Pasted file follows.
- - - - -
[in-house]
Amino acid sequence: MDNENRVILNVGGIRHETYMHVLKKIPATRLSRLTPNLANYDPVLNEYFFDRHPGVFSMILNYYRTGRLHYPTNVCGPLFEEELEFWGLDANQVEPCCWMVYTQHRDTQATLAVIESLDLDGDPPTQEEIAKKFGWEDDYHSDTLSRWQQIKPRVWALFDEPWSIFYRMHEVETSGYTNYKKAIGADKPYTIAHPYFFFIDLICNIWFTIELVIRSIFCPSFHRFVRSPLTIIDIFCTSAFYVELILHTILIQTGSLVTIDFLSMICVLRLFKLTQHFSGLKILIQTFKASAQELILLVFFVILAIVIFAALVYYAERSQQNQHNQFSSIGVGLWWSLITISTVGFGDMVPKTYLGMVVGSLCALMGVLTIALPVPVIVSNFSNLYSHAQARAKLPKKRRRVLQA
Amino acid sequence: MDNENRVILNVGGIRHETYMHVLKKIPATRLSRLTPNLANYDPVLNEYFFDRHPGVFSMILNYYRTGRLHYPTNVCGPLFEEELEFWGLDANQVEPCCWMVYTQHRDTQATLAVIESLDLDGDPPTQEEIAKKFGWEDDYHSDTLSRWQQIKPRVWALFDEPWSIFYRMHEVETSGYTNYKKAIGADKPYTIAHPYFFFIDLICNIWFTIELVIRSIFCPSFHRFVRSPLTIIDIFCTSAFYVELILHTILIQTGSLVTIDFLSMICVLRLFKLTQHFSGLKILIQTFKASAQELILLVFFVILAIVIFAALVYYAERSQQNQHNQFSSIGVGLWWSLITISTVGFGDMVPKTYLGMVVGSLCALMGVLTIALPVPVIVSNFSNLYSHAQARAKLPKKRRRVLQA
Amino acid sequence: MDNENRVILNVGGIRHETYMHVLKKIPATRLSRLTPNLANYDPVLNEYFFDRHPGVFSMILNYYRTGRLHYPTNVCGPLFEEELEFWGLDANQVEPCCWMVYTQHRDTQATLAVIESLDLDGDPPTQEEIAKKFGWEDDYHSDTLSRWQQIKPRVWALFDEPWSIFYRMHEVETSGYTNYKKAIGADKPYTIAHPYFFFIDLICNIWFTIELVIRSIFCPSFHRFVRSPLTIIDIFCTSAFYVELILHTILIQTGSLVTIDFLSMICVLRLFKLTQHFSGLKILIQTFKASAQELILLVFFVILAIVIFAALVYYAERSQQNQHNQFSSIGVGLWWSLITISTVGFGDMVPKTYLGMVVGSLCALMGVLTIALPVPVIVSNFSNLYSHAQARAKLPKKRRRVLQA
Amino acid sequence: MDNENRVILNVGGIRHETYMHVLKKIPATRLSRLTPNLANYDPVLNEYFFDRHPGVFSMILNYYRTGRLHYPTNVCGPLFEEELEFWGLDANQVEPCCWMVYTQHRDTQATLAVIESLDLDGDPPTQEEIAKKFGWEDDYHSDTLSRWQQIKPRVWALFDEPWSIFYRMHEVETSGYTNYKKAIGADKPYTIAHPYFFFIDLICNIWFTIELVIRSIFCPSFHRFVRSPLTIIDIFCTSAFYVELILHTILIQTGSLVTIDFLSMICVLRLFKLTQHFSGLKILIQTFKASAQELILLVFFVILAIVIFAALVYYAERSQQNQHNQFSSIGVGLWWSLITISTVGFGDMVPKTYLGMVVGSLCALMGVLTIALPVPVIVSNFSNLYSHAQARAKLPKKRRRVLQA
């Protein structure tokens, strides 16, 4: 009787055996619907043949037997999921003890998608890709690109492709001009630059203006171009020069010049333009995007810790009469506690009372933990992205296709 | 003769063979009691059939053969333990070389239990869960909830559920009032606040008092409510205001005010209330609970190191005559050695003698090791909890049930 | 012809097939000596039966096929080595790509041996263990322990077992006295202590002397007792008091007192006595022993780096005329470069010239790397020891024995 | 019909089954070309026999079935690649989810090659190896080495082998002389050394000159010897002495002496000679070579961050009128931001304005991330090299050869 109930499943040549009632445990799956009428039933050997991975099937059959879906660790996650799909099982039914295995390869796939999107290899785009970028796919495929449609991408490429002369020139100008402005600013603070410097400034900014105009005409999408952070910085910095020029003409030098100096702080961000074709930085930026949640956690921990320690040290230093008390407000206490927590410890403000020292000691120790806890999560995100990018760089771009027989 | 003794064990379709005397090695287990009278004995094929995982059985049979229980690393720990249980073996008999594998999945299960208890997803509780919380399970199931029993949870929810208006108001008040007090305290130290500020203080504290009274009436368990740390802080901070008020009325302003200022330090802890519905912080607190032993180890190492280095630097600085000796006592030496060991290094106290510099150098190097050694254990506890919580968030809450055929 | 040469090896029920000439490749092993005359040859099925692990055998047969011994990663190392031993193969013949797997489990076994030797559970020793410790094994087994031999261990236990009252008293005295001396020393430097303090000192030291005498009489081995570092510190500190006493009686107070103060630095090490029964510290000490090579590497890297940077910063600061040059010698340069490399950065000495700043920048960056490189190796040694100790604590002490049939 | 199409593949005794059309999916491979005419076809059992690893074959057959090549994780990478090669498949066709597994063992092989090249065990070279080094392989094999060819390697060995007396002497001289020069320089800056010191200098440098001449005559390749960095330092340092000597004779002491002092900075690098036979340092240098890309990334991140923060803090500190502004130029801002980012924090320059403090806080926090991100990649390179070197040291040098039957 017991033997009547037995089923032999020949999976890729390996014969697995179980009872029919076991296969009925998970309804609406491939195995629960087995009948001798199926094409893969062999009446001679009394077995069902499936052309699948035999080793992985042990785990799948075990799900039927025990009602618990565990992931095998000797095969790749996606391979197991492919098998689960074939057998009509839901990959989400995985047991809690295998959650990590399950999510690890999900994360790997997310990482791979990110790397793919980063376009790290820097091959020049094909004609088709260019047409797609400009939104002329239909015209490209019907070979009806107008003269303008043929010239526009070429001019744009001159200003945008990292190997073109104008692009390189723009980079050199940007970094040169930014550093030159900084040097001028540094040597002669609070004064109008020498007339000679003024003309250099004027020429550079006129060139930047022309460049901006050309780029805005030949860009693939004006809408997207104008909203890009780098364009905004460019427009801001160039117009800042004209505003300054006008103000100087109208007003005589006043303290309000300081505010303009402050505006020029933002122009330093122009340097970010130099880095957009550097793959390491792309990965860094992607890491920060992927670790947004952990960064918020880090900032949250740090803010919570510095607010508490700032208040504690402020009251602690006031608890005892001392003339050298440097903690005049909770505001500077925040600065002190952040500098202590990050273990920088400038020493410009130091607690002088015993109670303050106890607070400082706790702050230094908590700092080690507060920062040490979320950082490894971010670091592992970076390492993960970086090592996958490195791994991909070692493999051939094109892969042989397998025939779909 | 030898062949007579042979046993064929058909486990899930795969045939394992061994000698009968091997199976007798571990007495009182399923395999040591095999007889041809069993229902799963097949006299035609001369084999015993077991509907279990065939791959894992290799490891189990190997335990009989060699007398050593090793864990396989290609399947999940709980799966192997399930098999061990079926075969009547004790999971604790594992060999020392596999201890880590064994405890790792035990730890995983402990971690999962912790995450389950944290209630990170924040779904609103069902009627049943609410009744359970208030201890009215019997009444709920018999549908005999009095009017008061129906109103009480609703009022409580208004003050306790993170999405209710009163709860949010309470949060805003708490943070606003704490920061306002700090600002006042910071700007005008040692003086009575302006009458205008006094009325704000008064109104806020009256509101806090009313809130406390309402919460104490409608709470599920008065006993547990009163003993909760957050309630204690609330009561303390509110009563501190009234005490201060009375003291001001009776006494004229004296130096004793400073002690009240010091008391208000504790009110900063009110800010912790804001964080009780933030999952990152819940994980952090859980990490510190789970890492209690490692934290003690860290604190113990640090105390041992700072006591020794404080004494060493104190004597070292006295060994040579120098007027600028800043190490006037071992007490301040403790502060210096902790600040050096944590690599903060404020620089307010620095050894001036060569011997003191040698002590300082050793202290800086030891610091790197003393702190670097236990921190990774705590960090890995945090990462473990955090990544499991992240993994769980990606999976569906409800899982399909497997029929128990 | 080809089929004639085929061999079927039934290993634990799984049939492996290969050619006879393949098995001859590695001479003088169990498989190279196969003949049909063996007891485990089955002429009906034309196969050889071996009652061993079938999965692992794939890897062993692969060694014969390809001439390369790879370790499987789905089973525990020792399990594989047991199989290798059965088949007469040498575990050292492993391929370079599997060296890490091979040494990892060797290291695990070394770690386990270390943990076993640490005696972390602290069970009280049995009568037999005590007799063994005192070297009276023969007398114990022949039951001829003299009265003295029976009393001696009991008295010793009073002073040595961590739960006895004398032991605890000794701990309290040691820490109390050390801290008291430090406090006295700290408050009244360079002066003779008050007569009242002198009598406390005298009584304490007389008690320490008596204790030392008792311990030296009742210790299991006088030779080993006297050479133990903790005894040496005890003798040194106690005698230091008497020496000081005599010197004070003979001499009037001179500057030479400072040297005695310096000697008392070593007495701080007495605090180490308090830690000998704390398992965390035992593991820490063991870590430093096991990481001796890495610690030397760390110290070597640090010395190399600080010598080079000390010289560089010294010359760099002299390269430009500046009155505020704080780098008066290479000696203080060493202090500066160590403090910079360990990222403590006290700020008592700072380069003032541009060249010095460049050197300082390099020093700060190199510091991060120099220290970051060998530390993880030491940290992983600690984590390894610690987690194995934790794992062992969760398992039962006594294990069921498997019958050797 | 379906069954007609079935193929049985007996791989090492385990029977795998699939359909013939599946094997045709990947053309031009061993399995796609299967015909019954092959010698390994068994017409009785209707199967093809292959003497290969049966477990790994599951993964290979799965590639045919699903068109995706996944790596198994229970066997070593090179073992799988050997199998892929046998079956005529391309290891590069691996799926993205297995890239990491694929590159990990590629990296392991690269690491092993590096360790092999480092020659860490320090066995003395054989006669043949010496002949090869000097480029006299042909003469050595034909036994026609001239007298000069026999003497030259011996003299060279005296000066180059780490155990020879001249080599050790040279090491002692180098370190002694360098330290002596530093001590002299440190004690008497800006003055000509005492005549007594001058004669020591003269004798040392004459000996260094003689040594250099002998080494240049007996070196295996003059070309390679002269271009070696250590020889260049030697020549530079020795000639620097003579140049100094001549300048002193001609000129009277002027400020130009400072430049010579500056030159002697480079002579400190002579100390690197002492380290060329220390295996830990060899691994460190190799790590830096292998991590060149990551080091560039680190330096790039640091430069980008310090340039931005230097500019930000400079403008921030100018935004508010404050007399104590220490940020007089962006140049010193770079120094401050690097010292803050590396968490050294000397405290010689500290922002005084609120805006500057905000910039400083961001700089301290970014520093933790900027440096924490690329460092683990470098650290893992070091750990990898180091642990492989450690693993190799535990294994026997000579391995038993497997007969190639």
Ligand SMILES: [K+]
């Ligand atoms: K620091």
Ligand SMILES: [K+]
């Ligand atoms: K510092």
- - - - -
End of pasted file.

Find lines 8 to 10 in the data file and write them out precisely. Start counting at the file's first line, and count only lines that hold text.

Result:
């Ligand atoms: K620091």
Ligand SMILES: [K+]
């Ligand atoms: K510092």